Re: WARNING: Crypto software to be included into main Debian distribution
Anthony Towns <email@example.com> wrote:
> I'm also not really sure why everyone wants to make this into such a big
> thing. Seriously: everyone putting their 2c in just isn't useful. It
> might be fun for you, but it's a nuisance and a waste of time for the
> people who're actually trying to get some work done. If you've got some
> $100 comments, then sure, we're all ears, but if you're just looking
> for some excuse to "contribute", and if you're not even trained in the
> subject, well don't. Write some code instead.
A substantial change is being made to the way Debian distributes its
software, and you're complaining that people are discussing it?
> To reiterate: at the moment, Debian is being crippled by the lack of
> integrated cryptography.
It does suck that Debian doesn't have integrated crypto. I never
claimed otherwise. I live in the US and I hate it. But that doesn't
change the fact that I can't export code to people and say, "Do
whatever you want with it." The law prevents me, and it prevents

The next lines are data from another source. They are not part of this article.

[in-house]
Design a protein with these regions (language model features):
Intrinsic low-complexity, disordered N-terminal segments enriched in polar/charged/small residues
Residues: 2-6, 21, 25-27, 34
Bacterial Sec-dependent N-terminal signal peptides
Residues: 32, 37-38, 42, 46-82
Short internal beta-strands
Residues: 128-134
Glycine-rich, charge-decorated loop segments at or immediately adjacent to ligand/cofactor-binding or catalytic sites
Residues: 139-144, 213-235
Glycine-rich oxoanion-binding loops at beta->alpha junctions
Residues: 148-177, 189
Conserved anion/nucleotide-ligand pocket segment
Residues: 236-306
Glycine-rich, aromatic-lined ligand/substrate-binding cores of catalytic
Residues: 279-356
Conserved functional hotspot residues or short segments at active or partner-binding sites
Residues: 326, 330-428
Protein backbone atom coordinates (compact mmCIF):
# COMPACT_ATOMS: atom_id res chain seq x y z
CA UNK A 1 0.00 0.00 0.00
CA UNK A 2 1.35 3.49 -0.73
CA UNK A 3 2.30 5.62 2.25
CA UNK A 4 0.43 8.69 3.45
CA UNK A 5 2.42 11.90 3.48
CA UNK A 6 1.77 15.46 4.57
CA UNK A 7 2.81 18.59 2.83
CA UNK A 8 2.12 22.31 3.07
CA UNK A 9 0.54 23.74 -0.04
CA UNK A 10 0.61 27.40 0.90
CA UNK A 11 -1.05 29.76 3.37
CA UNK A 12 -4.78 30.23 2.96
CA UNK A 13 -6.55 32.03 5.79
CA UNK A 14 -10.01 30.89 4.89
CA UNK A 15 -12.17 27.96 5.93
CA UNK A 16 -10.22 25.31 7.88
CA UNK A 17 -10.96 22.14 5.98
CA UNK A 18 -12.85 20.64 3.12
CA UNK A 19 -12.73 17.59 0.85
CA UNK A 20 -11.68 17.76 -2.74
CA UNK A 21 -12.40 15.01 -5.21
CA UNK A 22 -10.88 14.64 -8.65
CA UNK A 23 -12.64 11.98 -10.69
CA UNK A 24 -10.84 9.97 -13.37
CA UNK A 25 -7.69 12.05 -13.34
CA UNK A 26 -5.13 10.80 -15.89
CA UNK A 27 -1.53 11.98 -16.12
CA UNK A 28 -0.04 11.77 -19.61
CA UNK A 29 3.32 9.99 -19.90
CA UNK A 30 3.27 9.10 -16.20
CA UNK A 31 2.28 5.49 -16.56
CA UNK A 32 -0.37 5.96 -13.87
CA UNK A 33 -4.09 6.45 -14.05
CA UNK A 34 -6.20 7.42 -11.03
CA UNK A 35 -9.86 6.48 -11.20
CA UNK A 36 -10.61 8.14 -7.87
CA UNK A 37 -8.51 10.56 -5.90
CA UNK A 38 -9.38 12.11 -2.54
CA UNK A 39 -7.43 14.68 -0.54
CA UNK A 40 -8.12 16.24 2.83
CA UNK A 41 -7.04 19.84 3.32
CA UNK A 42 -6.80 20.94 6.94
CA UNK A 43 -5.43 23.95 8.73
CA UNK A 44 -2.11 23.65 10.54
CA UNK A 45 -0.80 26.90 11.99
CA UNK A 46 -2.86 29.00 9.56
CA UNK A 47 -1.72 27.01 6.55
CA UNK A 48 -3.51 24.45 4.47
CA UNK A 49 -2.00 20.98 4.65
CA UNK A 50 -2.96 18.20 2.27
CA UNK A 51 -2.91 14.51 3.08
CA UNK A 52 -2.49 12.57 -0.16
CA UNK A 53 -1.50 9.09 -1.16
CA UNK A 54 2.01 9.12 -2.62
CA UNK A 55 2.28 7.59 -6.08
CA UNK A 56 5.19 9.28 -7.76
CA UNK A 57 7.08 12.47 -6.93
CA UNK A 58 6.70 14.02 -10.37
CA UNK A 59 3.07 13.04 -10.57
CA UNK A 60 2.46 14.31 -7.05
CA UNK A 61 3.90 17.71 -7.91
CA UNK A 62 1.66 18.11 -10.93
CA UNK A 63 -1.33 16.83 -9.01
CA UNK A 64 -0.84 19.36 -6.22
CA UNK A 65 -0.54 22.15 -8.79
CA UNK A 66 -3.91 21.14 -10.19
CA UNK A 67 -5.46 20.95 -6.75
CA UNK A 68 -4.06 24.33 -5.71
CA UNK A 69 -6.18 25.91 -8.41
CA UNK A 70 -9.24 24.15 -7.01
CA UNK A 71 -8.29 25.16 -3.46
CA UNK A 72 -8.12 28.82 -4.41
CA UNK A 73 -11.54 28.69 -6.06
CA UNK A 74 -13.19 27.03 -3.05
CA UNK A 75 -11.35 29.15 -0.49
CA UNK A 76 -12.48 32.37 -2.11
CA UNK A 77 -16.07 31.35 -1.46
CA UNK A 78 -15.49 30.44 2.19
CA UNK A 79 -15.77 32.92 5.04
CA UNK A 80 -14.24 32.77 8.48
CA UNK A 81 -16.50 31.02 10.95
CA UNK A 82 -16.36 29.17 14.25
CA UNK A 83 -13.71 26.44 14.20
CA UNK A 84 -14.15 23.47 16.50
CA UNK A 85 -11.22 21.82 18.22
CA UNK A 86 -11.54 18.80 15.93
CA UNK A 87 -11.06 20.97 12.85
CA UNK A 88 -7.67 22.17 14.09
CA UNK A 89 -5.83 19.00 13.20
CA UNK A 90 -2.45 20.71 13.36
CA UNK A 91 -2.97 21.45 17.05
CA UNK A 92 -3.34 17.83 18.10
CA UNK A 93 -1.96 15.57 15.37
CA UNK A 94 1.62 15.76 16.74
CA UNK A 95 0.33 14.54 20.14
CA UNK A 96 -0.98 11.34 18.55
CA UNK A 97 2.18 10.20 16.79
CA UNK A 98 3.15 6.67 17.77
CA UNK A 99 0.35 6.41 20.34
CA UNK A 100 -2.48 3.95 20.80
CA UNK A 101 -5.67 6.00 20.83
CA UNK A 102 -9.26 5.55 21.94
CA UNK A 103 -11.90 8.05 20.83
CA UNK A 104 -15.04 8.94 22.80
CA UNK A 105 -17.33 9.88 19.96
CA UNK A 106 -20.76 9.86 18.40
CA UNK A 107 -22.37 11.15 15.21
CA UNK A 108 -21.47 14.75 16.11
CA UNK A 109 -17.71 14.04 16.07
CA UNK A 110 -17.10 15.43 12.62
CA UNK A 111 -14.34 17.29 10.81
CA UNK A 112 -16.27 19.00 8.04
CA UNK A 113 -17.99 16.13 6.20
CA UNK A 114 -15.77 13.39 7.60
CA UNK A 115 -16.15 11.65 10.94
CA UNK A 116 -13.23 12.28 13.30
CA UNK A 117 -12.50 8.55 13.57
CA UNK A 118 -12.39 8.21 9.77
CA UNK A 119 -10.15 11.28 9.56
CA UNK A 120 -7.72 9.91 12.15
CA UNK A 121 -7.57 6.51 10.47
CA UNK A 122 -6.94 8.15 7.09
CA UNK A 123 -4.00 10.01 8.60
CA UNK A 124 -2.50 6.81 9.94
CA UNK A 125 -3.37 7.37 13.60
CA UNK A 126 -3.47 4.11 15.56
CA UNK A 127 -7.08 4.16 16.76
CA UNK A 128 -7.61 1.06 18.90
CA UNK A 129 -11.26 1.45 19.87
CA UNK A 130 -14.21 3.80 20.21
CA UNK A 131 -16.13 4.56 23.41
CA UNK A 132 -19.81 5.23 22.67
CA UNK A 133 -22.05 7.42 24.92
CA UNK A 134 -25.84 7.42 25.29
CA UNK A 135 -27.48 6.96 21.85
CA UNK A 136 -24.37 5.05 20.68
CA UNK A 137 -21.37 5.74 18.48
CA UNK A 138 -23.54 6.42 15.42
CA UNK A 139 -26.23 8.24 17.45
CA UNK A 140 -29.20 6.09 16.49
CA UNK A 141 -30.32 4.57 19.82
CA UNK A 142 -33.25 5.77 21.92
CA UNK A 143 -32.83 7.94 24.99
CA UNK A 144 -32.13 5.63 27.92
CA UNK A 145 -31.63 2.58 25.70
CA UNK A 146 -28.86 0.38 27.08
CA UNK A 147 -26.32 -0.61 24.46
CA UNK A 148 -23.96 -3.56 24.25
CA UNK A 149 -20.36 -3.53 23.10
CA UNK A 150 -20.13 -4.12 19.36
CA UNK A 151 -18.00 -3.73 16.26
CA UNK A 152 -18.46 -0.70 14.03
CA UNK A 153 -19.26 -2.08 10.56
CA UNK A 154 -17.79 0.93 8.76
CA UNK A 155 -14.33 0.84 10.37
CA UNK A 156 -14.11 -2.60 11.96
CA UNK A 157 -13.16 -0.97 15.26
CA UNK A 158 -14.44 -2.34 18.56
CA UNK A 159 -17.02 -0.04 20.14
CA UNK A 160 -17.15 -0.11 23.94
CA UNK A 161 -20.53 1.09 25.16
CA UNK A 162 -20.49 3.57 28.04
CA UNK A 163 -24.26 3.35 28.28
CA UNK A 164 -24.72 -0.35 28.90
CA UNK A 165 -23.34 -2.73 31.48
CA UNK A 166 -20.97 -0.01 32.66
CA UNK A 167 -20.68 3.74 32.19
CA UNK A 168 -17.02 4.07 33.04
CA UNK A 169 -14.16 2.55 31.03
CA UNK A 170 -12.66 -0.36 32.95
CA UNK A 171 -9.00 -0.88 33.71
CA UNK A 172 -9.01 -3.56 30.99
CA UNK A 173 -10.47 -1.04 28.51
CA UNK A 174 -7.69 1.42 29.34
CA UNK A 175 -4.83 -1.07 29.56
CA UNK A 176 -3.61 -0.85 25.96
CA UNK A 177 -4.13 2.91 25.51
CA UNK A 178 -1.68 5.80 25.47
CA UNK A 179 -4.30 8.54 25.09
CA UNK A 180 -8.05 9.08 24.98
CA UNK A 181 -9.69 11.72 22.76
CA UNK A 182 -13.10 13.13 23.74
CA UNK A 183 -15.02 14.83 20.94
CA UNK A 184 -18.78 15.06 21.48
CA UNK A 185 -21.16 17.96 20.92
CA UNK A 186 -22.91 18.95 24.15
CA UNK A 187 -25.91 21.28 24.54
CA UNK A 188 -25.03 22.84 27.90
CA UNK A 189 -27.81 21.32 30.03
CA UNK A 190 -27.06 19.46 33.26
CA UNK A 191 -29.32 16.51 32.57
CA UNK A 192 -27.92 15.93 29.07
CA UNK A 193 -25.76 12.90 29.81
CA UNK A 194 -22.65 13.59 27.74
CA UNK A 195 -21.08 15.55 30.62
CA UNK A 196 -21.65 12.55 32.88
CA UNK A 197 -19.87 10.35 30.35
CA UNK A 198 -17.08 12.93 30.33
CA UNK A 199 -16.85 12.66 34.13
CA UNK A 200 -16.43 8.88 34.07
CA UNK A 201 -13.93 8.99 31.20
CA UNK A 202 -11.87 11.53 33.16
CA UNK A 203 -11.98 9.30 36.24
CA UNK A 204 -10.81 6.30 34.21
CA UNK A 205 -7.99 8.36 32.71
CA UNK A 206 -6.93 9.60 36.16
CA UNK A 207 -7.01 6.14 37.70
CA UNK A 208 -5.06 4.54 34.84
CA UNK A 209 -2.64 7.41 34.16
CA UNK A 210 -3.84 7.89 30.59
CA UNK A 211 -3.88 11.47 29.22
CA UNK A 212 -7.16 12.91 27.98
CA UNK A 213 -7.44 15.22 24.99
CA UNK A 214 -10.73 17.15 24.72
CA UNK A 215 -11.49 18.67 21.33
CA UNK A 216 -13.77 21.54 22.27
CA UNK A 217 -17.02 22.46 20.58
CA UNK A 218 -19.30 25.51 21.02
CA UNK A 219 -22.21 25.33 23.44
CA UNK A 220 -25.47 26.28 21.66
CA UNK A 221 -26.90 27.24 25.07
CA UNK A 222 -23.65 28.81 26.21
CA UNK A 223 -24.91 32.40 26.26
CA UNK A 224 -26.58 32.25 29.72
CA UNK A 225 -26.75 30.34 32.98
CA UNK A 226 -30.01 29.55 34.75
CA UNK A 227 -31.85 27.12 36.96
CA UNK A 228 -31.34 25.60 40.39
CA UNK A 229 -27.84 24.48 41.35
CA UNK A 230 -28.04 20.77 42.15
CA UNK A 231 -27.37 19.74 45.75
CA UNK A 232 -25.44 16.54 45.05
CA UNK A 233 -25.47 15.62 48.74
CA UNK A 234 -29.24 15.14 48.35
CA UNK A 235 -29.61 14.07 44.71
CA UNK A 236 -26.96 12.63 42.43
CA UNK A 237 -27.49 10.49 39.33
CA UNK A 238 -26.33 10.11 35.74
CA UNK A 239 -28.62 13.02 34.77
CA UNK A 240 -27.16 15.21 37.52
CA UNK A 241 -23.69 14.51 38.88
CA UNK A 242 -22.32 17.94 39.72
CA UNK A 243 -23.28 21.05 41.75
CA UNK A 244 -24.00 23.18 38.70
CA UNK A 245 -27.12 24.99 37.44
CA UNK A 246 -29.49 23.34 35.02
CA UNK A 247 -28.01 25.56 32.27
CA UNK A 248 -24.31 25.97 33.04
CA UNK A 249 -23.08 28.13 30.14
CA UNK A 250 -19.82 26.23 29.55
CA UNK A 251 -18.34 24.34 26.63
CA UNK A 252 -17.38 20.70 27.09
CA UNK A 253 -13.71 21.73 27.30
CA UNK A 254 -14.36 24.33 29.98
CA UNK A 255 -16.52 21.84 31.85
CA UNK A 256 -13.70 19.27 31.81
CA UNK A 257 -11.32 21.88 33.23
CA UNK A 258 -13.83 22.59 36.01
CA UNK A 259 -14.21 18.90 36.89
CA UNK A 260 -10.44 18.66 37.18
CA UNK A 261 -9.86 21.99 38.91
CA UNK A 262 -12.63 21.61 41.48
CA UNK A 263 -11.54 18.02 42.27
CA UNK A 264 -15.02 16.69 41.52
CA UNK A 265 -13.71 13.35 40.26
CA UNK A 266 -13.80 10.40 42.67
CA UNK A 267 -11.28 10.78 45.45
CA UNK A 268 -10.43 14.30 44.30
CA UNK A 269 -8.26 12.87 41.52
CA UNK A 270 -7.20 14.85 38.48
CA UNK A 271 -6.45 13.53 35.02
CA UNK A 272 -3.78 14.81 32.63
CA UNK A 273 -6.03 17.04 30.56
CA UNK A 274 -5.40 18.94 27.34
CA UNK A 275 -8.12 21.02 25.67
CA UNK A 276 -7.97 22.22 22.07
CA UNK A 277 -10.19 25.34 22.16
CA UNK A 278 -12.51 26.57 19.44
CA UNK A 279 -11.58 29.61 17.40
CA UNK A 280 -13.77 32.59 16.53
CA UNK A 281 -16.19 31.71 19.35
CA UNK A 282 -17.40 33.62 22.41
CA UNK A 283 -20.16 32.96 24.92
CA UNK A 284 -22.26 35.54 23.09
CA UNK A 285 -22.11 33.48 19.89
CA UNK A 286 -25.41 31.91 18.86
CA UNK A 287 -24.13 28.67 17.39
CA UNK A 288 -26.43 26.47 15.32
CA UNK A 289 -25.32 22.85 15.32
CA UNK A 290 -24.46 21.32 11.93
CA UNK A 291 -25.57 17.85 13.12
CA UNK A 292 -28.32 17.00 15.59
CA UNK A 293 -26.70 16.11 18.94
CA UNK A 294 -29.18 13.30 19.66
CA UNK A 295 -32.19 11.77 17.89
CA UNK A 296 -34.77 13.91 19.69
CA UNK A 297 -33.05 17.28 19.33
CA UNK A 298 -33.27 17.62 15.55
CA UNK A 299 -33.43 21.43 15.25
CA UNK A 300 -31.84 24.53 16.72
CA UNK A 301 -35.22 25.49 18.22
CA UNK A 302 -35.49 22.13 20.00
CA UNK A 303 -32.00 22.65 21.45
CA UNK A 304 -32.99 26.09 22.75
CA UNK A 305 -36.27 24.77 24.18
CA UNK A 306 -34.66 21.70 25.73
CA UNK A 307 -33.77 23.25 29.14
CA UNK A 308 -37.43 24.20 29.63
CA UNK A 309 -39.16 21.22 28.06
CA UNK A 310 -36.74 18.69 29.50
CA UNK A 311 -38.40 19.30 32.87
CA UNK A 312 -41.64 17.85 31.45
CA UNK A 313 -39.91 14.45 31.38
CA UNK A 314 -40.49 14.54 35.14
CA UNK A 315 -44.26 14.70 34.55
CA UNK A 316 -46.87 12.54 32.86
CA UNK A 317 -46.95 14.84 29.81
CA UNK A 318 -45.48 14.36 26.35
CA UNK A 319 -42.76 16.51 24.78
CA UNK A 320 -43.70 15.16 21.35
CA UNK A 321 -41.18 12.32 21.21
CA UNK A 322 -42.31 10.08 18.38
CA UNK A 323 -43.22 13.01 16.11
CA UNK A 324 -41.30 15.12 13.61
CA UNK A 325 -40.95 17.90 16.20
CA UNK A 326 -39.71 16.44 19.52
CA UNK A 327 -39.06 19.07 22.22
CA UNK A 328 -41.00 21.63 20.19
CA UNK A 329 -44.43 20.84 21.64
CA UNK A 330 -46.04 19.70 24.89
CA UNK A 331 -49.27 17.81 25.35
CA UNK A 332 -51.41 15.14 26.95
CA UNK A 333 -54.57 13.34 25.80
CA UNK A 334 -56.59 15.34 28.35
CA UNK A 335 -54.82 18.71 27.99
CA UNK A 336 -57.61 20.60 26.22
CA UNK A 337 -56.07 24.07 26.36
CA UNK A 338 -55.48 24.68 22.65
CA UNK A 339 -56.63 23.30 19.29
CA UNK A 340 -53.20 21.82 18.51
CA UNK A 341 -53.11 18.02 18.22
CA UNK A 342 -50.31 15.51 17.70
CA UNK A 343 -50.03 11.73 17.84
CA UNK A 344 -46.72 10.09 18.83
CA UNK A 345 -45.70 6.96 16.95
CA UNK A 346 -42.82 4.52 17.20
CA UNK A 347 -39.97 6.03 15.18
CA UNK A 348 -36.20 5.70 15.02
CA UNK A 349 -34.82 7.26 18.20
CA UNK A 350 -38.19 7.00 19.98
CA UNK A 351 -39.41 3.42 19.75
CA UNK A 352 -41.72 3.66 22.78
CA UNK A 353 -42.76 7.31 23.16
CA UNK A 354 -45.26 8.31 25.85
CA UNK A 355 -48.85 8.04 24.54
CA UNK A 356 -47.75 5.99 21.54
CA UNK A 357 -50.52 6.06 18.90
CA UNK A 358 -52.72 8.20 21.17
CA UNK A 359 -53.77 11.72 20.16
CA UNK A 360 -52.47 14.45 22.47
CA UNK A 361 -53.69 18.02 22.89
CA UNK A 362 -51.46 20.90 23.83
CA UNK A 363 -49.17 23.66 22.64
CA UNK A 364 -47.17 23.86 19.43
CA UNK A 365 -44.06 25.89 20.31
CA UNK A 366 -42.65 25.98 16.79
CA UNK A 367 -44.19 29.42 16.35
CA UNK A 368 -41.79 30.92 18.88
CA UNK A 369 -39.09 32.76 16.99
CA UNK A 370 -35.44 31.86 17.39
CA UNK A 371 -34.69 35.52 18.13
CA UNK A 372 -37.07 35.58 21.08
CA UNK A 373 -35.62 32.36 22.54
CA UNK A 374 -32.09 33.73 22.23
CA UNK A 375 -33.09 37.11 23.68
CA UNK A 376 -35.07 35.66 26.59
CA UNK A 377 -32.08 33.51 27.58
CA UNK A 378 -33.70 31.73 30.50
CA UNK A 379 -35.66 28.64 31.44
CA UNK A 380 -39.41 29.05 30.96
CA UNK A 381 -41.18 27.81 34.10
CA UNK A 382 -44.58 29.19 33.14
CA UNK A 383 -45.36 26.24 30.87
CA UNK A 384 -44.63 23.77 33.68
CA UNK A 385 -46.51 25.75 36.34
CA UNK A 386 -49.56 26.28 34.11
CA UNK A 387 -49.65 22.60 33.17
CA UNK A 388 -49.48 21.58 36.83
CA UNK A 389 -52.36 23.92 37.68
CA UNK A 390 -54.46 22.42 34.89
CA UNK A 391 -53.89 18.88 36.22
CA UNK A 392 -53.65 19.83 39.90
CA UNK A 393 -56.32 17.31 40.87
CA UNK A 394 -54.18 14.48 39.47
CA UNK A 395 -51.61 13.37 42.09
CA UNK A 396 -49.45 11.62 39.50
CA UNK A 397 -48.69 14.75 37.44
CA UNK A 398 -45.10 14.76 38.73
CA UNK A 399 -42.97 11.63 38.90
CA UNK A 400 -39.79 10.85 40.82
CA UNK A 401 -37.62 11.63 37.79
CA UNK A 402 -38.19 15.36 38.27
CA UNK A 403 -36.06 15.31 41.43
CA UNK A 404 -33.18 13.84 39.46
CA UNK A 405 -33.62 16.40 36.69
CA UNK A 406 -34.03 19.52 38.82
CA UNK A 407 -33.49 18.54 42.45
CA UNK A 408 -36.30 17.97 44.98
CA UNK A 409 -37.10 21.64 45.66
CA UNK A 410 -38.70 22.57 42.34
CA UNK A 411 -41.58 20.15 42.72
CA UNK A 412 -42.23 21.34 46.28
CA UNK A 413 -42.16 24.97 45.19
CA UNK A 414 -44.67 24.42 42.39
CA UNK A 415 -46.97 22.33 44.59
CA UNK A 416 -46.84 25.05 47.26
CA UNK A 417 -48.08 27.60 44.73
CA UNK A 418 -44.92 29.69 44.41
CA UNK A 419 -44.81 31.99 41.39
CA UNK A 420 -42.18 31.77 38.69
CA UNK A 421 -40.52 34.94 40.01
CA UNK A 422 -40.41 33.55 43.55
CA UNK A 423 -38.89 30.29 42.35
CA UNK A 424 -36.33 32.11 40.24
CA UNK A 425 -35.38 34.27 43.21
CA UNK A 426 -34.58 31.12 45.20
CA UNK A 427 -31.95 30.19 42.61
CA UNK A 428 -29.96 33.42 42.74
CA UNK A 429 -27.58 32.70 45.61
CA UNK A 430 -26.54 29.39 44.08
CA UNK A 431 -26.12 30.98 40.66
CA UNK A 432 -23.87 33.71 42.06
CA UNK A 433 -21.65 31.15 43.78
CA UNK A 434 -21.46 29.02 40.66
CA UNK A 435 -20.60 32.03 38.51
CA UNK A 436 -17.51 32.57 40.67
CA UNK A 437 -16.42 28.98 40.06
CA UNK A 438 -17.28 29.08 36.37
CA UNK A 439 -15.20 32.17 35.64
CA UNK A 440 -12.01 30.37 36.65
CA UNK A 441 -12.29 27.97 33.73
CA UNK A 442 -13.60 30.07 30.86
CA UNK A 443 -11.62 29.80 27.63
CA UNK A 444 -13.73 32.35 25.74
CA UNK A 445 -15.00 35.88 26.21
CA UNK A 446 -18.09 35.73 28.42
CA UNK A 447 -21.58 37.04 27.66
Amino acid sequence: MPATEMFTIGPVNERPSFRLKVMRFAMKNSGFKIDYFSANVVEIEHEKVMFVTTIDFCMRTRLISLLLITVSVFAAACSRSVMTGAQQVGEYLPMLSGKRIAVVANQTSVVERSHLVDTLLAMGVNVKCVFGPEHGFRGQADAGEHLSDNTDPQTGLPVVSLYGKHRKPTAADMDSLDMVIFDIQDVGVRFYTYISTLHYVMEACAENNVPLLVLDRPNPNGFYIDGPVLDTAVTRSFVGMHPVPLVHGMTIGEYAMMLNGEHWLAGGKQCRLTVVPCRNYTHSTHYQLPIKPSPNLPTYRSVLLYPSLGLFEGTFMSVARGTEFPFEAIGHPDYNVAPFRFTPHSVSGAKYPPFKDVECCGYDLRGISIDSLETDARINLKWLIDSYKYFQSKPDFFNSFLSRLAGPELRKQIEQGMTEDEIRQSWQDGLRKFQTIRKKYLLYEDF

> Since the entire point of US mirrors is to make Debian available to
> US citizens, and that this doesn't interfere at all with what non-US
> mirrors do, this isn't considered a problem.
If the software was only made available to US citizens, then there
would be no issue. However, how do you think that the non-US mirrors
get their copies?
> If you have anything worthwhile to add to this, then please, add
> it. If you're just personally offended by the prospect of obeying US
> law, well, that's fine, whatever. You're not a developer, and you're
> welcome to think whatever you want.
I was wondering how long it would take for someone to explicitly
attack me personally, rather than the arguments I give. People seem
incredibly uppity about this whole subject, including yourself,
Anthony. Probably because having a separate non-US does suck,
people want to fix it, and people don't care about bomb makers.
> Please don't waste everyone's time by trying to twist the social
> contract into an excuse to make Debian adopt your personal
> prejudices though.
I've never mentioned the social contract. I'm actually more concerned
with the various licenses that we distribute code under that don't
allow us to add additional use restrictions.